Spill response is based on an initial incident assessment which is supplemented, throughout operations, by regular situation updates. The results of this assessment determine the actions to be taken. However the options remain limited, and response often comes down to simply monitoring the pollution. Spill response operations at sea are complex and limited, but response capacities are developing, in particular through cooperation between countries.
When a major spill occurs, the general public is kept informed mainly via the media (television, press, internet, social networks). Communication is an integral part of crisis management.
Those in charge of communication work hand in hand
with the response coordinator.
“When an event occurs at sea involving toxic products, for me, the first thing is to quickly establish a
communication plan with the maritime authorities, in direct relation with the Prime Minister.
The specificity of my job is that it requires good knowledge of field operations and of all the media. I think you also need to be a maritime professional and be aware of what is happening at sea. This enables you to communicate messages to journalists in understandable terms and to ensure that there are no errors when interpreting positions and what is said by those in charge of response.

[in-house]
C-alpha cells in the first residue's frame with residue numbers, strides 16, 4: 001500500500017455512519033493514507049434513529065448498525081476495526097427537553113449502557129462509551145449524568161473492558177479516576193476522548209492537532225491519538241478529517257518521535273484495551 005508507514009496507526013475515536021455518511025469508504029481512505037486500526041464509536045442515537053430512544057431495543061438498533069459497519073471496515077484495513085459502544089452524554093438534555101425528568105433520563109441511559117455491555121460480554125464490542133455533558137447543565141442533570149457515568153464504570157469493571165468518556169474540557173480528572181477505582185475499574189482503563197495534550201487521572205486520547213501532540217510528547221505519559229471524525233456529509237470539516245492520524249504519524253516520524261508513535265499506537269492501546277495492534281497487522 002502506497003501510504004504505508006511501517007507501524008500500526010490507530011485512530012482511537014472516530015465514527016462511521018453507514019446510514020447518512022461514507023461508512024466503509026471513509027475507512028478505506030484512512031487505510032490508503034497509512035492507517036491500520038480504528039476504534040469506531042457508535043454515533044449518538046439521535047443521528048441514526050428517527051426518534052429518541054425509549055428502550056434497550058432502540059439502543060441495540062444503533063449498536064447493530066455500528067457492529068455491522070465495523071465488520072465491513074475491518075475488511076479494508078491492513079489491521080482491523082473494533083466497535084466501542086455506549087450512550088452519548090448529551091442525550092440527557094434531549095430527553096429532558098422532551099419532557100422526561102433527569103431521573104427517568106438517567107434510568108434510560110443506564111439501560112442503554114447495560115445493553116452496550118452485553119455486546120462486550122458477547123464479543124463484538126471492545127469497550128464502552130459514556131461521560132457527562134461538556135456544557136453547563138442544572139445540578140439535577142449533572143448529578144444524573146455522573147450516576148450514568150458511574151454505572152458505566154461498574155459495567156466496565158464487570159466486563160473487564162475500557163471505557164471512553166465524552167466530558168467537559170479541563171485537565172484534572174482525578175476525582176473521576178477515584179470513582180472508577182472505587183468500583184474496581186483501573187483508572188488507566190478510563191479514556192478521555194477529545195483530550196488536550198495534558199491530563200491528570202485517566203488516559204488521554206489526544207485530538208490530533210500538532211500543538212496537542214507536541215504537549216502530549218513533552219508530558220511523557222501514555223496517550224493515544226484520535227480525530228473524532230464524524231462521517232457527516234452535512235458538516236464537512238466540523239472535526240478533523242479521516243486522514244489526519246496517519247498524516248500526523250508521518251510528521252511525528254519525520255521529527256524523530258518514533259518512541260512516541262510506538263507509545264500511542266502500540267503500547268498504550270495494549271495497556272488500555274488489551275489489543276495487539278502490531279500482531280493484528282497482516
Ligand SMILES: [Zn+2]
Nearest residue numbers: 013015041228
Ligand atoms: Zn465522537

We are constantly preparing for incidents at sea through exercises. If an incident occurs and we feel it is escalating, we set up a crisis organization with a media room and a crisis management centre. This system enables us to meet the press onsite while preserving the work of operational personnel to avoid disturbing them.”
Commander Marc Gander, spokesman for the Maritime Prefect for the Atlantic, France.